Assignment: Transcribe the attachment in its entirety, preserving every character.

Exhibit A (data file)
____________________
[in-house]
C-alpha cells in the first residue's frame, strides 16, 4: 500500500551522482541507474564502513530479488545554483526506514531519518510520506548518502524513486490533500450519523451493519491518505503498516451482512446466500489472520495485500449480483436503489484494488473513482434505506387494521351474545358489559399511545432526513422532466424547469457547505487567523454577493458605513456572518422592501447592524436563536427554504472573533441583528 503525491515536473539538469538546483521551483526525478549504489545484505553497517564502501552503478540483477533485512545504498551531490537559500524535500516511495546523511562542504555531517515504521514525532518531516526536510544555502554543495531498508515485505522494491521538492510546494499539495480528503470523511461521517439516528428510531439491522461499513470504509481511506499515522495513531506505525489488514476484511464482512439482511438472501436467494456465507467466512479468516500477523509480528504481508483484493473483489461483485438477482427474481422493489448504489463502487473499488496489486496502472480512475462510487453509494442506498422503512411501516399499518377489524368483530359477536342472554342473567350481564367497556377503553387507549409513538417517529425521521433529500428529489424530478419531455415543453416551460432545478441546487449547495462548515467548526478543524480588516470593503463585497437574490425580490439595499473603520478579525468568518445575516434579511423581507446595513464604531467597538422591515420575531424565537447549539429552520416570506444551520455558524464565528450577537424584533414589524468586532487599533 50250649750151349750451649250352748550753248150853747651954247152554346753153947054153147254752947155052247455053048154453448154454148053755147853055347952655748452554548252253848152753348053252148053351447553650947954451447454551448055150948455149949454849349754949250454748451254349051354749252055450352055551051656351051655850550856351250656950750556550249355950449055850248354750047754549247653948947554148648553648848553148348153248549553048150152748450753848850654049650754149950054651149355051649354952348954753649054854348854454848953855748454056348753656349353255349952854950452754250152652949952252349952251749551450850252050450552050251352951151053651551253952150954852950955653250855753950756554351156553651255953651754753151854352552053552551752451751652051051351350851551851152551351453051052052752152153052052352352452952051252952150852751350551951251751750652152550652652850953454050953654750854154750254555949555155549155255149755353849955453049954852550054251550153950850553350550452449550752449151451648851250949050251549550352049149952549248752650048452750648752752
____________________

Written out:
[in-house]
C-alpha cells in the first residue's frame, strides 16, 4: 500500500551522482541507474564502513530479488545554483526506514531519518510520506548518502524513486490533500450519523451493519491518505503498516451482512446466500489472520495485500449480483436503489484494488473513482434505506387494521351474545358489559399511545432526513422532466424547469457547505487567523454577493458605513456572518422592501447592524436563536427554504472573533441583528 503525491515536473539538469538546483521551483526525478549504489545484505553497517564502501552503478540483477533485512545504498551531490537559500524535500516511495546523511562542504555531517515504521514525532518531516526536510544555502554543495531498508515485505522494491521538492510546494499539495480528503470523511461521517439516528428510531439491522461499513470504509481511506499515522495513531506505525489488514476484511464482512439482511438472501436467494456465507467466512479468516500477523509480528504481508483484493473483489461483485438477482427474481422493489448504489463502487473499488496489486496502472480512475462510487453509494442506498422503512411501516399499518377489524368483530359477536342472554342473567350481564367497556377503553387507549409513538417517529425521521433529500428529489424530478419531455415543453416551460432545478441546487449547495462548515467548526478543524480588516470593503463585497437574490425580490439595499473603520478579525468568518445575516434579511423581507446595513464604531467597538422591515420575531424565537447549539429552520416570506444551520455558524464565528450577537424584533414589524468586532487599533 50250649750151349750451649250352748550753248150853747651954247152554346753153947054153147254752947155052247455053048154453448154454148053755147853055347952655748452554548252253848152753348053252148053351447553650947954451447454551448055150948455149949454849349754949250454748451254349051354749252055450352055551051656351051655850550856351250656950750556550249355950449055850248354750047754549247653948947554148648553648848553148348153248549553048150152748450753848850654049650754149950054651149355051649354952348954753649054854348854454848953855748454056348753656349353255349952854950452754250152652949952252349952251749551450850252050450552050251352951151053651551253952150954852950955653250855753950756554351156553651255953651754753151854352552053552551752451751652051051351350851551851152551351453051052052752152153052052352352452952051252952150852751350551951251751750652152550652652850953454050953654750854154750254555949555155549155255149755353849955453049954852550054251550153950850553350550452449550752449151451648851250949050251549550352049149952549248752650048452750648752752